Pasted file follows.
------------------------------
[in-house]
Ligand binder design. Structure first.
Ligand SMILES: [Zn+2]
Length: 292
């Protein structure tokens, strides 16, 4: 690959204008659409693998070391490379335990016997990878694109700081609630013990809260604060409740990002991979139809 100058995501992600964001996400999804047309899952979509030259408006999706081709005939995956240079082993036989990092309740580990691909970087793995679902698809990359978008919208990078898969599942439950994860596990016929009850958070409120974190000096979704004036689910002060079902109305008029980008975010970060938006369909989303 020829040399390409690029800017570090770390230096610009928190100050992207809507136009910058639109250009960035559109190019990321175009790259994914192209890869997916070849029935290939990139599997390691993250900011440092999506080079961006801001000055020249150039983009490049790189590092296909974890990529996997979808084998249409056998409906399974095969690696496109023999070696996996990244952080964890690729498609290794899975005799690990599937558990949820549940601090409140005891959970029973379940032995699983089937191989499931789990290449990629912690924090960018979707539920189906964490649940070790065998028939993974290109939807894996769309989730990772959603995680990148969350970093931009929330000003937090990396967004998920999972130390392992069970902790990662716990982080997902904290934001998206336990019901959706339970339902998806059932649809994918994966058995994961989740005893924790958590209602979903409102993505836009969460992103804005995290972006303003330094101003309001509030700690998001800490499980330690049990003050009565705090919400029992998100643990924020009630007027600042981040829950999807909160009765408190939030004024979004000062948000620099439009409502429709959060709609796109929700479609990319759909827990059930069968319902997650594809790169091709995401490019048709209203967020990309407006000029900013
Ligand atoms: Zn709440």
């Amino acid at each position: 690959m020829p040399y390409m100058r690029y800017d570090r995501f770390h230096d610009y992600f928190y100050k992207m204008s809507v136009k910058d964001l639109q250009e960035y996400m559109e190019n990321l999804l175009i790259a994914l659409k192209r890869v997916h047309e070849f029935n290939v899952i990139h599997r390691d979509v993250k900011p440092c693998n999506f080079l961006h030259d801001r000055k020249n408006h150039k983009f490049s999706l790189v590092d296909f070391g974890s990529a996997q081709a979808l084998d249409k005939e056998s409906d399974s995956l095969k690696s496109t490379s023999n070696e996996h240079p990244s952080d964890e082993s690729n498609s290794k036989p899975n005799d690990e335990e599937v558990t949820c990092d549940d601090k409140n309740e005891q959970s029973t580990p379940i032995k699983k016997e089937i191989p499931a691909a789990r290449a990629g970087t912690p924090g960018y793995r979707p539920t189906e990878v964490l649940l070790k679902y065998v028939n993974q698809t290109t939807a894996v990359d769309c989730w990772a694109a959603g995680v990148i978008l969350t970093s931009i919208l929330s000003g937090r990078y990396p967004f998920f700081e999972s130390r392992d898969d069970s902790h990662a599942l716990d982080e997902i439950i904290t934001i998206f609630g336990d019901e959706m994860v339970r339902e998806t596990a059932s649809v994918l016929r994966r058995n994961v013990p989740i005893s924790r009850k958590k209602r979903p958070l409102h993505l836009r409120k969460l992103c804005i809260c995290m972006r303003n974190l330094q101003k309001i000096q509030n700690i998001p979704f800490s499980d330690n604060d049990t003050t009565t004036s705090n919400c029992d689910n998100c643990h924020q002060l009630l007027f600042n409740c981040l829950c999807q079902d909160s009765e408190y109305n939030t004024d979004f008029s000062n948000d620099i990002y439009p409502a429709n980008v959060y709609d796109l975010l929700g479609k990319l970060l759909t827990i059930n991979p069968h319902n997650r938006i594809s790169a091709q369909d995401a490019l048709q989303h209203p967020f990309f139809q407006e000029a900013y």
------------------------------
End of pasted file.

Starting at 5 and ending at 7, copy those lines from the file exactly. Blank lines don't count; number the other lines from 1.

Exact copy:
């Protein structure tokens, strides 16, 4: 690959204008659409693998070391490379335990016997990878694109700081609630013990809260604060409740990002991979139809 100058995501992600964001996400999804047309899952979509030259408006999706081709005939995956240079082993036989990092309740580990691909970087793995679902698809990359978008919208990078898969599942439950994860596990016929009850958070409120974190000096979704004036689910002060079902109305008029980008975010970060938006369909989303 020829040399390409690029800017570090770390230096610009928190100050992207809507136009910058639109250009960035559109190019990321175009790259994914192209890869997916070849029935290939990139599997390691993250900011440092999506080079961006801001000055020249150039983009490049790189590092296909974890990529996997979808084998249409056998409906399974095969690696496109023999070696996996990244952080964890690729498609290794899975005799690990599937558990949820549940601090409140005891959970029973379940032995699983089937191989499931789990290449990629912690924090960018979707539920189906964490649940070790065998028939993974290109939807894996769309989730990772959603995680990148969350970093931009929330000003937090990396967004998920999972130390392992069970902790990662716990982080997902904290934001998206336990019901959706339970339902998806059932649809994918994966058995994961989740005893924790958590209602979903409102993505836009969460992103804005995290972006303003330094101003309001509030700690998001800490499980330690049990003050009565705090919400029992998100643990924020009630007027600042981040829950999807909160009765408190939030004024979004000062948000620099439009409502429709959060709609796109929700479609990319759909827990059930069968319902997650594809790169091709995401490019048709209203967020990309407006000029900013
Ligand atoms: Zn709440």
């Amino acid at each position: 690959m020829p040399y390409m100058r690029y800017d570090r995501f770390h230096d610009y992600f928190y100050k992207m204008s809507v136009k910058d964001l639109q250009e960035y996400m559109e190019n990321l999804l175009i790259a994914l659409k192209r890869v997916h047309e070849f029935n290939v899952i990139h599997r390691d979509v993250k900011p440092c693998n999506f080079l961006h030259d801001r000055k020249n408006h150039k983009f490049s999706l790189v590092d296909f070391g974890s990529a996997q081709a979808l084998d249409k005939e056998s409906d399974s995956l095969k690696s496109t490379s023999n070696e996996h240079p990244s952080d964890e082993s690729n498609s290794k036989p899975n005799d690990e335990e599937v558990t949820c990092d549940d601090k409140n309740e005891q959970s029973t580990p379940i032995k699983k016997e089937i191989p499931a691909a789990r290449a990629g970087t912690p924090g960018y793995r979707p539920t189906e990878v964490l649940l070790k679902y065998v028939n993974q698809t290109t939807a894996v990359d769309c989730w990772a694109a959603g995680v990148i978008l969350t970093s931009i919208l929330s000003g937090r990078y990396p967004f998920f700081e999972s130390r392992d898969d069970s902790h990662a599942l716990d982080e997902i439950i904290t934001i998206f609630g336990d019901e959706m994860v339970r339902e998806t596990a059932s649809v994918l016929r994966r058995n994961v013990p989740i005893s924790r009850k958590k209602r979903p958070l409102h993505l836009r409120k969460l992103c804005i809260c995290m972006r303003n974190l330094q101003k309001i000096q509030n700690i998001p979704f800490s499980d330690n604060d049990t003050t009565t004036s705090n919400c029992d689910n998100c643990h924020q002060l009630l007027f600042n409740c981040l829950c999807q079902d909160s009765e408190y109305n939030t004024d979004f008029s000062n948000d620099i990002y439009p409502a429709n980008v959060y709609d796109l975010l929700g479609k990319l970060l759909t827990i059930n991979p069968h319902n997650r938006i594809s790169a091709q369909d995401a490019l048709q989303h209203p967020f990309f139809q407006e000029a900013y």